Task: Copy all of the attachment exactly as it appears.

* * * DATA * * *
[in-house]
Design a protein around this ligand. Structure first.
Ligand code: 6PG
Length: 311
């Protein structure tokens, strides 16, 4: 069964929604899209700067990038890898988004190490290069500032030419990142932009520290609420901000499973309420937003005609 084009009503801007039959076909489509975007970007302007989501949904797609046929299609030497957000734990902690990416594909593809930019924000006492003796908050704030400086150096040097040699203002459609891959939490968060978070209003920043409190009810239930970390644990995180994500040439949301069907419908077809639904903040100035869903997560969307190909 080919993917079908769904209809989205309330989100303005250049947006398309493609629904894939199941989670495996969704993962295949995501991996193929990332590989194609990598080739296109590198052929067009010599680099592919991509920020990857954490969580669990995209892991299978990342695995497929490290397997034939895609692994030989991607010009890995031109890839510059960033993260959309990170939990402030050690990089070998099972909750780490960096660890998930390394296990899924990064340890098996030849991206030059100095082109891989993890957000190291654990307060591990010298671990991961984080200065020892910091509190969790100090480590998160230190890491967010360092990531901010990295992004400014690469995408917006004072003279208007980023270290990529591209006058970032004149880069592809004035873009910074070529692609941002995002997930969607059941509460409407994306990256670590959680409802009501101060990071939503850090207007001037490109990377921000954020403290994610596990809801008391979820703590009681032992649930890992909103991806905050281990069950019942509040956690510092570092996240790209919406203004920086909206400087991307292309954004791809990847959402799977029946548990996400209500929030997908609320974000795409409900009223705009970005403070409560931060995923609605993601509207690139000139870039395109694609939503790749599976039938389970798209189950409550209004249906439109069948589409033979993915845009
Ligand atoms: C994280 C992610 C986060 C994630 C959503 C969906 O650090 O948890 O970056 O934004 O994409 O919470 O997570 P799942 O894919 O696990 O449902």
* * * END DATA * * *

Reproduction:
[in-house]
Design a protein around this ligand. Structure first.
Ligand code: 6PG
Length: 311
């Protein structure tokens, strides 16, 4: 069964929604899209700067990038890898988004190490290069500032030419990142932009520290609420901000499973309420937003005609 084009009503801007039959076909489509975007970007302007989501949904797609046929299609030497957000734990902690990416594909593809930019924000006492003796908050704030400086150096040097040699203002459609891959939490968060978070209003920043409190009810239930970390644990995180994500040439949301069907419908077809639904903040100035869903997560969307190909 080919993917079908769904209809989205309330989100303005250049947006398309493609629904894939199941989670495996969704993962295949995501991996193929990332590989194609990598080739296109590198052929067009010599680099592919991509920020990857954490969580669990995209892991299978990342695995497929490290397997034939895609692994030989991607010009890995031109890839510059960033993260959309990170939990402030050690990089070998099972909750780490960096660890998930390394296990899924990064340890098996030849991206030059100095082109891989993890957000190291654990307060591990010298671990991961984080200065020892910091509190969790100090480590998160230190890491967010360092990531901010990295992004400014690469995408917006004072003279208007980023270290990529591209006058970032004149880069592809004035873009910074070529692609941002995002997930969607059941509460409407994306990256670590959680409802009501101060990071939503850090207007001037490109990377921000954020403290994610596990809801008391979820703590009681032992649930890992909103991806905050281990069950019942509040956690510092570092996240790209919406203004920086909206400087991307292309954004791809990847959402799977029946548990996400209500929030997908609320974000795409409900009223705009970005403070409560931060995923609605993601509207690139000139870039395109694609939503790749599976039938389970798209189950409550209004249906439109069948589409033979993915845009
Ligand atoms: C994280 C992610 C986060 C994630 C959503 C969906 O650090 O948890 O970056 O934004 O994409 O919470 O997570 P799942 O894919 O696990 O449902």